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2017 Kane County Chronicle Best of the Fox

St. Charles council approves Charlestowne Mall request

Published: Tuesday, Nov. 5, 2013 5:30 a.m. CDT • Updated: Tuesday, Nov. 5, 2013 6:16 a.m. CDT

ST. CHARLES – An amendment needed to facilitate the redevelopment of Charlestowne Mall was passed unanimously through an omnibus vote Monday evening by the St. Charles City Council.

The city’s planning and development committee last week supported the concept approved Monday.

The current Charlestowne Mall PUD, which was formed in 1988, requires approval of a new PUD in order to make any building modifications and add new buildings.

The contract purchasers of the property, SC Main 3800 LLC, have indicated they plan to construct freestanding structures, such as banks or restaurants, along East Main Street.

Other proposed modifications may include changes to the “ring road” around the mall, removal of the former Sears store and changes to the exterior.

Proposed plans also call for more prominent front entrances with pedestrian-oriented streetscaping, according to meeting documents.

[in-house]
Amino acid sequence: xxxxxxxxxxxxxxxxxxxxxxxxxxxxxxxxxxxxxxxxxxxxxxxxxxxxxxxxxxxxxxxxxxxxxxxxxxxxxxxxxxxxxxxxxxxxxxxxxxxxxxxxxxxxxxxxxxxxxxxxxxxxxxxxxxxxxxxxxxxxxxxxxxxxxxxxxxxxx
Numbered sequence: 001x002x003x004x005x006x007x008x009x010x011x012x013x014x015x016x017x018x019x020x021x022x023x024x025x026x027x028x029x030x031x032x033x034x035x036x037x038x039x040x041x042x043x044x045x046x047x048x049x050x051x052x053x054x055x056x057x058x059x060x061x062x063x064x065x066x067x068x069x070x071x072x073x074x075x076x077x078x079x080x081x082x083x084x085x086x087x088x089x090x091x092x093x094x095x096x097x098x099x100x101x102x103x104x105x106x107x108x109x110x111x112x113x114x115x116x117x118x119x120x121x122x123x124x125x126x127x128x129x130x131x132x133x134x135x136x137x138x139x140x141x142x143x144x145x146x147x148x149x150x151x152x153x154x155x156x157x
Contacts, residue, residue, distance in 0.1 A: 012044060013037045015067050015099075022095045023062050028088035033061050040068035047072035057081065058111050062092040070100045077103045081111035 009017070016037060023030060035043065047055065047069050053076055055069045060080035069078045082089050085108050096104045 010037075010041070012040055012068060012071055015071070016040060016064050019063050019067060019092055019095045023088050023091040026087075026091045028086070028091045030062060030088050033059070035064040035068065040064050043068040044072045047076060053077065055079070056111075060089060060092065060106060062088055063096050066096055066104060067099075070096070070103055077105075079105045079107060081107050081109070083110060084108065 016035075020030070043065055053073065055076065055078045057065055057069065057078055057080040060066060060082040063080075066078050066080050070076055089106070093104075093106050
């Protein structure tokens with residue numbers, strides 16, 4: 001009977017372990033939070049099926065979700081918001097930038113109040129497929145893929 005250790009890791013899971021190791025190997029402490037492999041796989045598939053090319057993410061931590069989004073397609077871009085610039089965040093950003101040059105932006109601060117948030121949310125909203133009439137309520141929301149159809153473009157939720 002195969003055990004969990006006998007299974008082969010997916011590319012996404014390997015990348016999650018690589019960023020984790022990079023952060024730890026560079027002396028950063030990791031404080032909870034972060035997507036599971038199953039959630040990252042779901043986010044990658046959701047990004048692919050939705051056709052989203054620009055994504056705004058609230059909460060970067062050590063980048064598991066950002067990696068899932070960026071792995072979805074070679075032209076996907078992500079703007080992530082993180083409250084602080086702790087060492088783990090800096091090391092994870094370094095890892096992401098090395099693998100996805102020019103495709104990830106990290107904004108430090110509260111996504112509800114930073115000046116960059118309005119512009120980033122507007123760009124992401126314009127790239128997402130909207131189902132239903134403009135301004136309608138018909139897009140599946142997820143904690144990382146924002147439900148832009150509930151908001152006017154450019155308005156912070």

Mayor Ray Rogina said the closing date with the proposed developers will likely be sometime mid-November. Following a closing date, he said the council likely will start crafting incentives. He said he has been “very pleased” with how the city staff and proposed developers have been working together through the process so far.

In other business, council members approved an ordinance to issue no more than $5.5 million in general obligation bonds for various infrastructure improvements around the city, including weatherizing the City Hall building and improving drainage at Tyler Road and Main Street.

Finance Director Chris Minick said all of the improvements were considered during the budget process.

He said he expects interest rates to be around 4 percent. He said while interest rates are slightly higher than they were a few months ago, they’re still more reasonable than they have been.

“Keep in mind, these are historically extremely low rates,” he said.

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